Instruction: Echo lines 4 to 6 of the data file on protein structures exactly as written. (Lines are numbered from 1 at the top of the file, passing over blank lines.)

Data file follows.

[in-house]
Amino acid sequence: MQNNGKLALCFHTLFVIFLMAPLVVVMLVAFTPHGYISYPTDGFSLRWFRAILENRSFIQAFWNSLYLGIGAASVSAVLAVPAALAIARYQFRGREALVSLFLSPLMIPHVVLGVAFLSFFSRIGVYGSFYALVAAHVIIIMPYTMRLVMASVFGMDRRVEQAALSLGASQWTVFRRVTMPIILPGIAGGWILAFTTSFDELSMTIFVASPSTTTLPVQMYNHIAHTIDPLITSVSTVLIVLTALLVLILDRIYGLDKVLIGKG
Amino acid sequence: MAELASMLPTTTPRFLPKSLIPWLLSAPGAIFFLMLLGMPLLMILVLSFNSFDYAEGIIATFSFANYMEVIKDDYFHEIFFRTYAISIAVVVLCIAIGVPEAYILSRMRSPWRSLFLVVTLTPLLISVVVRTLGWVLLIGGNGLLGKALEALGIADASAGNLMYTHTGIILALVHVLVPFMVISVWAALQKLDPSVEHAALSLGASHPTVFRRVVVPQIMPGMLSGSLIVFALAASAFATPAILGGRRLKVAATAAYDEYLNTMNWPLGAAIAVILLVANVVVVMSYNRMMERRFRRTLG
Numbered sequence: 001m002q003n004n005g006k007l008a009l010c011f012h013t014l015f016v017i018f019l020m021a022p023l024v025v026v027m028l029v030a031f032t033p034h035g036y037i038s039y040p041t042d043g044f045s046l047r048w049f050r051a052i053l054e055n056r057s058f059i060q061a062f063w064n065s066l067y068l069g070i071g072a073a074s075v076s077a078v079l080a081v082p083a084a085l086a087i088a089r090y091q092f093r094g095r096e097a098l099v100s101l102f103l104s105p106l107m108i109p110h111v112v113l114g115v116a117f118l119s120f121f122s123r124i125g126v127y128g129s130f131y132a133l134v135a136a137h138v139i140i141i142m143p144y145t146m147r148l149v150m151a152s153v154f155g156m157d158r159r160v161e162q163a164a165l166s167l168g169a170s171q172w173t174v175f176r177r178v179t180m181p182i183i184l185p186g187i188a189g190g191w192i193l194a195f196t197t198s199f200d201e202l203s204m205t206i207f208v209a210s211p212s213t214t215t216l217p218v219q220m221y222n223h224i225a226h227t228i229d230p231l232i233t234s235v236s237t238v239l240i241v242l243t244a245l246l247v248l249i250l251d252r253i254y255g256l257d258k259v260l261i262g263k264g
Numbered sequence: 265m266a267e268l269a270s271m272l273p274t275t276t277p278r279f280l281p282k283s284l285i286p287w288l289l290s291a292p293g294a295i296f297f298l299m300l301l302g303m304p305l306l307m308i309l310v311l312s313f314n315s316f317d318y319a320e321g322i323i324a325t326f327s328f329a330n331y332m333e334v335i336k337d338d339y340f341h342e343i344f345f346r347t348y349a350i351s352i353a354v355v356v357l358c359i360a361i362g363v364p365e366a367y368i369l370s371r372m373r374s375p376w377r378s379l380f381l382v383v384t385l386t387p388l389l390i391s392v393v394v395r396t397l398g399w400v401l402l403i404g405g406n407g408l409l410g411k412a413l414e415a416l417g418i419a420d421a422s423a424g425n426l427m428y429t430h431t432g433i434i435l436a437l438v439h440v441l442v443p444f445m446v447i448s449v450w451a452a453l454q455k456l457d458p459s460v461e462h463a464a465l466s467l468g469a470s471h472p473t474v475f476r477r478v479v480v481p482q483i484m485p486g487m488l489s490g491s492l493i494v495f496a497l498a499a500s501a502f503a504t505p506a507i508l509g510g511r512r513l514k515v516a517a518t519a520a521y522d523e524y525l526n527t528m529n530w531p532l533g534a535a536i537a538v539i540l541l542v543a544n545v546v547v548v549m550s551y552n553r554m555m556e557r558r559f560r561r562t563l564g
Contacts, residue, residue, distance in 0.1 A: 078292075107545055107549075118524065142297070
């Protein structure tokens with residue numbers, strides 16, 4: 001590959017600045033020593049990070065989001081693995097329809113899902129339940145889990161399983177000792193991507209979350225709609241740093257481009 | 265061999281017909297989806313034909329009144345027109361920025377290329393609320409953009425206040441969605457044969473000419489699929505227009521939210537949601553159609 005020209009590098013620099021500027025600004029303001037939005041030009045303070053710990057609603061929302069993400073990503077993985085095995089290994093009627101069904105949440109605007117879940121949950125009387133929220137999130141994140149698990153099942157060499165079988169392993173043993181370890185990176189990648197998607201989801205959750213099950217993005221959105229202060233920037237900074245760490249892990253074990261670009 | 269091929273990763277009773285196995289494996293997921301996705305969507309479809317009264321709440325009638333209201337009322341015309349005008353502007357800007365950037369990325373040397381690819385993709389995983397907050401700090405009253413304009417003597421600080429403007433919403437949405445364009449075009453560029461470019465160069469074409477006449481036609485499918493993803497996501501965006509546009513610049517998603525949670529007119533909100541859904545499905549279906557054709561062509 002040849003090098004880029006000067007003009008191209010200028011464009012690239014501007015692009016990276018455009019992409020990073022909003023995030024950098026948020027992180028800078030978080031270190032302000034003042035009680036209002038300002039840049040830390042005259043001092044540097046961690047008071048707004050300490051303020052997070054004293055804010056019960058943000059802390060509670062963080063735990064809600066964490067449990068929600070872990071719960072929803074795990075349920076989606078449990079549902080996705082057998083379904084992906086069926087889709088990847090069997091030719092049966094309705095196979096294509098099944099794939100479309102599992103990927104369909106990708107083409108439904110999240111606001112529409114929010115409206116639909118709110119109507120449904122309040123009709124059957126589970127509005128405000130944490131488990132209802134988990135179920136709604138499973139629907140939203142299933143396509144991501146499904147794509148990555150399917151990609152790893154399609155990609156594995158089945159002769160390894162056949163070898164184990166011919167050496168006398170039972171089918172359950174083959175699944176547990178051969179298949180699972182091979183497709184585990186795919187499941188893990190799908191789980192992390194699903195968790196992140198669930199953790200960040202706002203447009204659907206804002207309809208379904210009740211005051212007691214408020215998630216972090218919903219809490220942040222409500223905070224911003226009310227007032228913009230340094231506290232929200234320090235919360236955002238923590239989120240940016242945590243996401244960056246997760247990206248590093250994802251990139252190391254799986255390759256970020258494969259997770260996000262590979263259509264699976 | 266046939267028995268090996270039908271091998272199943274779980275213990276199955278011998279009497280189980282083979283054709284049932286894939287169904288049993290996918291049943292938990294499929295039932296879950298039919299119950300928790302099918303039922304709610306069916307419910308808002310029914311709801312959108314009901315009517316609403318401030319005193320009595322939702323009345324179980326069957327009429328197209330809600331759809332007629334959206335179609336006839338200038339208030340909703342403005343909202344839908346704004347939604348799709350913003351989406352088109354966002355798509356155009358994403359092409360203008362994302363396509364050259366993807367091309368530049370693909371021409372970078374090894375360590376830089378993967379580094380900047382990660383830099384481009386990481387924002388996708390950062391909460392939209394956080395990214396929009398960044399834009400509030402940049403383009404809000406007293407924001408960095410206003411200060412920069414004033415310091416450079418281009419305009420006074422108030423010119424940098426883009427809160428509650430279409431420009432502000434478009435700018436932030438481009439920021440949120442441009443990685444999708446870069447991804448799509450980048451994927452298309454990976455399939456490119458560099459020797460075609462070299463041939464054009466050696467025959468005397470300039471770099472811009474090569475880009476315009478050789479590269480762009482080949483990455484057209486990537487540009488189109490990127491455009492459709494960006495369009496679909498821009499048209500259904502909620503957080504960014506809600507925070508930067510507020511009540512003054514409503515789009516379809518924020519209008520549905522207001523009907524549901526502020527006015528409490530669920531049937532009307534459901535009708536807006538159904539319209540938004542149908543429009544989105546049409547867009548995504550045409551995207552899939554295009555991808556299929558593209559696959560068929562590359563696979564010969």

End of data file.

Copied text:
Numbered sequence: 001m002q003n004n005g006k007l008a009l010c011f012h013t014l015f016v017i018f019l020m021a022p023l024v025v026v027m028l029v030a031f032t033p034h035g036y037i038s039y040p041t042d043g044f045s046l047r048w049f050r051a052i053l054e055n056r057s058f059i060q061a062f063w064n065s066l067y068l069g070i071g072a073a074s075v076s077a078v079l080a081v082p083a084a085l086a087i088a089r090y091q092f093r094g095r096e097a098l099v100s101l102f103l104s105p106l107m108i109p110h111v112v113l114g115v116a117f118l119s120f121f122s123r124i125g126v127y128g129s130f131y132a133l134v135a136a137h138v139i140i141i142m143p144y145t146m147r148l149v150m151a152s153v154f155g156m157d158r159r160v161e162q163a164a165l166s167l168g169a170s171q172w173t174v175f176r177r178v179t180m181p182i183i184l185p186g187i188a189g190g191w192i193l194a195f196t197t198s199f200d201e202l203s204m205t206i207f208v209a210s211p212s213t214t215t216l217p218v219q220m221y222n223h224i225a226h227t228i229d230p231l232i233t234s235v236s237t238v239l240i241v242l243t244a245l246l247v248l249i250l251d252r253i254y255g256l257d258k259v260l261i262g263k264g
Numbered sequence: 265m266a267e268l269a270s271m272l273p274t275t276t277p278r279f280l281p282k283s284l285i286p287w288l289l290s291a292p293g294a295i296f297f298l299m300l301l302g303m304p305l306l307m308i309l310v311l312s313f314n315s316f317d318y319a320e321g322i323i324a325t326f327s328f329a330n331y332m333e334v335i336k337d338d339y340f341h342e343i344f345f346r347t348y349a350i351s352i353a354v355v356v357l358c359i360a361i362g363v364p365e366a367y368i369l370s371r372m373r374s375p376w377r378s379l380f381l382v383v384t385l386t387p388l389l390i391s392v393v394v395r396t397l398g399w400v401l402l403i404g405g406n407g408l409l410g411k412a413l414e415a416l417g418i419a420d421a422s423a424g425n426l427m428y429t430h431t432g433i434i435l436a437l438v439h440v441l442v443p444f445m446v447i448s449v450w451a452a453l454q455k456l457d458p459s460v461e462h463a464a465l466s467l468g469a470s471h472p473t474v475f476r477r478v479v480v481p482q483i484m485p486g487m488l489s490g491s492l493i494v495f496a497l498a499a500s501a502f503a504t505p506a507i508l509g510g511r512r513l514k515v516a517a518t519a520a521y522d523e524y525l526n527t528m529n530w531p532l533g534a535a536i537a538v539i540l541l542v543a544n545v546v547v548v549m550s551y552n553r554m555m556e557r558r559f560r561r562t563l564g
Contacts, residue, residue, distance in 0.1 A: 078292075107545055107549075118524065142297070